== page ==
Sat. Feb 24th, 2024

SANTA ANA, Calif. – A Superior Court judge has ruled the OCDA DNA collection program is legally authorized by law and rejected a lawsuit filed by professors and students at the University of California, Irvine School challenging the program’s constitutionality, declaring the lawsuit lacks sufficient evidence to proceed.

Orange County District Attorney Todd Spitzer issued the following statement on the ruling:

The OCDA DNA collection program has solved crimes that would have never been solved.

This ruling comes as no surprise as this program is clearly authorized by law. This frivolous lawsuit was never about the law; it was merely an attempt by UCI Law School to weaponize the court system to attack a program it simply doesn’t like. Thankfully the Court saw through UCI’s Law’s attempts to stomp their feet like a petulant child. 

In making his ruling, Judge William D. Claster agreed that participation in this program is completely voluntary, is in no way coercive, and involves multiple layers of safeguards to ensure absolute voluntary participation, including a judge’s ability to reject the defendant’s plea if he or she is concerned the defendant does not understand the ramifications of participating. 

The fact that an unrepresented defendant could confer with an attorney prior to agreeing to participate in the voluntary program also debunks any allegation of coercion, Judge Claster reasoned.

Murder charges were filed against two brothers in 2009 for strangling a woman to death and setting her body on fire. The break in the case: one of the brothers had submitted his DNA in connection with a misdemeanor plea earlier that year. 

A man charged in Orange County with a misdemeanor for violating a restraining order in 2011 agreed to provide his DNA. His DNA matched evidence from a 2004 rape, kidnapping, and robbery in Chandler, Arizona.

Sex offenders, kidnappers, and residential burglars have been put behind bars as a result of their decision to willingly give their DNA to the OCDA DNA database. Their DNA helped connect them to more serious crimes – and provided justice for their victims.

This is not a numbers game. It is not about percentages. It is about real victims – and every single victim deserves justice. The OCDA DNA collection program assists in the pursuit of justice.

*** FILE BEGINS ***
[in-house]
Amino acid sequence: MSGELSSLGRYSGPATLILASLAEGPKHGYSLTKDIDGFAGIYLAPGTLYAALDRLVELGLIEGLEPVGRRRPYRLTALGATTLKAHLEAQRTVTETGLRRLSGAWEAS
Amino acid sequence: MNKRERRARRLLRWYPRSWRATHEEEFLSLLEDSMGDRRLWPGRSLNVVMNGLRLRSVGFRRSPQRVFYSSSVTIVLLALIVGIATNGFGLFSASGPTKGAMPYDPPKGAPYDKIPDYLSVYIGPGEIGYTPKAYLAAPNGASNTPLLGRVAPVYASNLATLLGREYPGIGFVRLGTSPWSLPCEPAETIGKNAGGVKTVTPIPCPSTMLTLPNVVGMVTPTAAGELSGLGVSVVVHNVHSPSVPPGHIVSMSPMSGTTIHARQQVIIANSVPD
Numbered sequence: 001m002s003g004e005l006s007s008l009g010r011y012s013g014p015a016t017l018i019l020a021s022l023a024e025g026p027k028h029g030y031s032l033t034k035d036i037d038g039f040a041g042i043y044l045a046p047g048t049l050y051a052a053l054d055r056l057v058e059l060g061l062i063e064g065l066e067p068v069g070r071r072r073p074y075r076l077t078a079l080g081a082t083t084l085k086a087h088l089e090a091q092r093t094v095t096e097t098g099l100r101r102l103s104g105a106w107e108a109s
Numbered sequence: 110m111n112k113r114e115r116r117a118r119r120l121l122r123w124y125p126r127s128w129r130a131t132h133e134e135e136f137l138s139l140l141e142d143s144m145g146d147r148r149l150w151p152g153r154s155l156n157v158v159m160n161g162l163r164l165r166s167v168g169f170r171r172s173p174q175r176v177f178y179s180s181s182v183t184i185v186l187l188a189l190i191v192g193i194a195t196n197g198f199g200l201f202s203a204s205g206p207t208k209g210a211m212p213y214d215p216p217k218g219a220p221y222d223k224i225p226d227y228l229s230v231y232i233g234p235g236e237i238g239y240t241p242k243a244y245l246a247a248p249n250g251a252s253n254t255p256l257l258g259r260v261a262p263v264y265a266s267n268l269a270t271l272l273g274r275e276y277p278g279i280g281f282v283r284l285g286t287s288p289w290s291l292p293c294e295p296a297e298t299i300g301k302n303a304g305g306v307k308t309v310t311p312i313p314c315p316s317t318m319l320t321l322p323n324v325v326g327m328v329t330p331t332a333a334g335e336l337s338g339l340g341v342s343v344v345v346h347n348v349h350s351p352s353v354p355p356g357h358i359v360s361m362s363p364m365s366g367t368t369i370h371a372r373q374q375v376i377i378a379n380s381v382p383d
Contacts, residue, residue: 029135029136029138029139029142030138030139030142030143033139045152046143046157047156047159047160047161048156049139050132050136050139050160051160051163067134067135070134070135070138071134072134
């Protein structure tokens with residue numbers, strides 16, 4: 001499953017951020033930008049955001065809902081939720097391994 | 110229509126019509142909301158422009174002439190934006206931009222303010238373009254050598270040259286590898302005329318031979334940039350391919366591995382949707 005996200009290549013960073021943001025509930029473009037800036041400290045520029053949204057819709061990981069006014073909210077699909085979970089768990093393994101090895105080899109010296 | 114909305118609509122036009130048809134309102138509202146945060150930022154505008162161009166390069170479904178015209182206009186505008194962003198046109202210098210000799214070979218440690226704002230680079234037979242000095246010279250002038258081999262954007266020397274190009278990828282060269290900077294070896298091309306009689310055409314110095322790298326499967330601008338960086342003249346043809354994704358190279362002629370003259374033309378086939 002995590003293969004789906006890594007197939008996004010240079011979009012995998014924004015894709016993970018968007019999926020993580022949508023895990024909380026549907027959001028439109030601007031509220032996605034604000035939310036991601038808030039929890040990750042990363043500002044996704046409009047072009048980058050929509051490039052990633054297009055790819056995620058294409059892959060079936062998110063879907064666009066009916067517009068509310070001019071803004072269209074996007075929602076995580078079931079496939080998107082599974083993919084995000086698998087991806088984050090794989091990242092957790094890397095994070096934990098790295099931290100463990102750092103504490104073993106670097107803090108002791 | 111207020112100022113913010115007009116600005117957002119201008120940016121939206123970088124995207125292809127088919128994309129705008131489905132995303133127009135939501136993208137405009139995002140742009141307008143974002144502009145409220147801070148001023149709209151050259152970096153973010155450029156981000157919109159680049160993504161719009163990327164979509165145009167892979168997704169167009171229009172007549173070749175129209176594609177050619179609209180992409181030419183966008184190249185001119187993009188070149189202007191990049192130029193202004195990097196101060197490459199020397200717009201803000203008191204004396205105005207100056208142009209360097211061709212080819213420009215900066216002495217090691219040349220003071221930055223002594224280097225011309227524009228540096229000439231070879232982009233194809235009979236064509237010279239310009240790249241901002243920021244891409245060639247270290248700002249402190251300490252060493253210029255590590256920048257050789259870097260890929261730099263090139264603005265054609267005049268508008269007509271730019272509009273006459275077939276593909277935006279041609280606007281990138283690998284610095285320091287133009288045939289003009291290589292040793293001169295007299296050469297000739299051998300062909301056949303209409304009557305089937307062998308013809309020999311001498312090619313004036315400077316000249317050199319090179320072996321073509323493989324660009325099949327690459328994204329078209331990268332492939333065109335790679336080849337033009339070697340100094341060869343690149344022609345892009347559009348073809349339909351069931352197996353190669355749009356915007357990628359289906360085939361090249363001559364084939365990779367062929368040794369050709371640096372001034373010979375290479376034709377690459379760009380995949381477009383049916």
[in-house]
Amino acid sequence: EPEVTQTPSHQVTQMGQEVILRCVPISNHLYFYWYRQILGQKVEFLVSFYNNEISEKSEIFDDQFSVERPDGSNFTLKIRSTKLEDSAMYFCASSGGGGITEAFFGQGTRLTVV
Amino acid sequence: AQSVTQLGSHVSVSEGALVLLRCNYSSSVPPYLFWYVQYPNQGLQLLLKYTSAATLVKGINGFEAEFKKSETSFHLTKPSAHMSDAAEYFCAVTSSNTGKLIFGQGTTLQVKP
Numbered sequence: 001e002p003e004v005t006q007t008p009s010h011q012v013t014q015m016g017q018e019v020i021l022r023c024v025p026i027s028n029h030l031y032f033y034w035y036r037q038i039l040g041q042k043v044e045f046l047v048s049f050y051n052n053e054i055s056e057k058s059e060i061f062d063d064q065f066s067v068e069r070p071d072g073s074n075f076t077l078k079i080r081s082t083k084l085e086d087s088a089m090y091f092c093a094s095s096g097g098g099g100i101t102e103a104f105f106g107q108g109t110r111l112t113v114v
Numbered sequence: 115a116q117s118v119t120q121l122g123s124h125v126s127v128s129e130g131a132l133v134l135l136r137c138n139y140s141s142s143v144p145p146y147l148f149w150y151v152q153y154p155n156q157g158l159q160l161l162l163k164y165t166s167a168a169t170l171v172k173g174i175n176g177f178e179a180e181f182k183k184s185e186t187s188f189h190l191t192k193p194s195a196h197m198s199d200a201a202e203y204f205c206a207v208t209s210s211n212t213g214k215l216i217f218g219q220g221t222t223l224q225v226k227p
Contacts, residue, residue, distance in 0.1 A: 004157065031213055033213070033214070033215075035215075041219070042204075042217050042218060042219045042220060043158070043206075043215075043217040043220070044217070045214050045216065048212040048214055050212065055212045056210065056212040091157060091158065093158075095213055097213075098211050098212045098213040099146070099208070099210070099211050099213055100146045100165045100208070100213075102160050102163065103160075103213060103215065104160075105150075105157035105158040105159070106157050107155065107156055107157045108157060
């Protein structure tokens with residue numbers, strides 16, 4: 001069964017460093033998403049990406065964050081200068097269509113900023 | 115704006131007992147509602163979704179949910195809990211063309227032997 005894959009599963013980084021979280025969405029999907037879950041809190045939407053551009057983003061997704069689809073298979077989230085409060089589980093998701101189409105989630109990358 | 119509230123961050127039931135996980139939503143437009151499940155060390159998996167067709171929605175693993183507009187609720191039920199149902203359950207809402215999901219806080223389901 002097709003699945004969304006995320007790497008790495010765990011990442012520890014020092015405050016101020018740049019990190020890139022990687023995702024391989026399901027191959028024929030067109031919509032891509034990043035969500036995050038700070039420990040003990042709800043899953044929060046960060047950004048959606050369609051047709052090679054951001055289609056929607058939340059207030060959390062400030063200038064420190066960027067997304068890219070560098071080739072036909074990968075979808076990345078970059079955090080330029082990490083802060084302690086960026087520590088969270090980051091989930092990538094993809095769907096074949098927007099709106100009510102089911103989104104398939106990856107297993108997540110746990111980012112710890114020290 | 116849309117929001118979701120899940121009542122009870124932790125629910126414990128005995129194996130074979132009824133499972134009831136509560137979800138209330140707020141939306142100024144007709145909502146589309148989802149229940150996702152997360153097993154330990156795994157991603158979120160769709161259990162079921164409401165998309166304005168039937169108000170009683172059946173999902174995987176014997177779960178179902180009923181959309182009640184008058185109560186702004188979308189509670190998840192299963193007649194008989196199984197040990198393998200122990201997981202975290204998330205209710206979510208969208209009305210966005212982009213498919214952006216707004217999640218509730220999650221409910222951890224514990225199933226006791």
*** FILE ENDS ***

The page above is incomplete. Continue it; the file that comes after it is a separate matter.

The OCDA DNA collection program is lawful – and effective. That fact is indisputable. And it is a fact worth repeating.

UCI Professor Thompson is simply wrong on the law and he is wrong on the facts. The Court agrees.

Recidivism – the chance a criminal is going to reoffend – is reduced by 43 percent in the year after an individual submits their DNA, according to University of Virginia professor Jennifer Doleac’s 2017 study “The effects of DNA databases on the deterrence and detention of offenders.” The OCDA DNA program protects the public, prevents additional victimization, and provides individuals with a path out of the criminal justice system. 

And it is clearly allowed under the law.

This program helps to reduce the number of incarcerated individuals  in Orange County while having a significant positive impact on preventing future crime – and preventing people from ever becoming crime victims.

This is something to be applauded.

My efforts to reach out to discuss the program – and its benefits – have been met with silence.

UCI Law School should issue a public apology for attacking a program that helps to keep our communities safe.

I certainly hope UCI Law School does a better job educating students to become lawyers than it does teaching them wasting public resources to attack lawful programs just because they don’t agree with them.

The taxpayers deserves better than that. 

By Editor

The New Santa Ana blog has been covering news, events and politics in Santa Ana since 2009.

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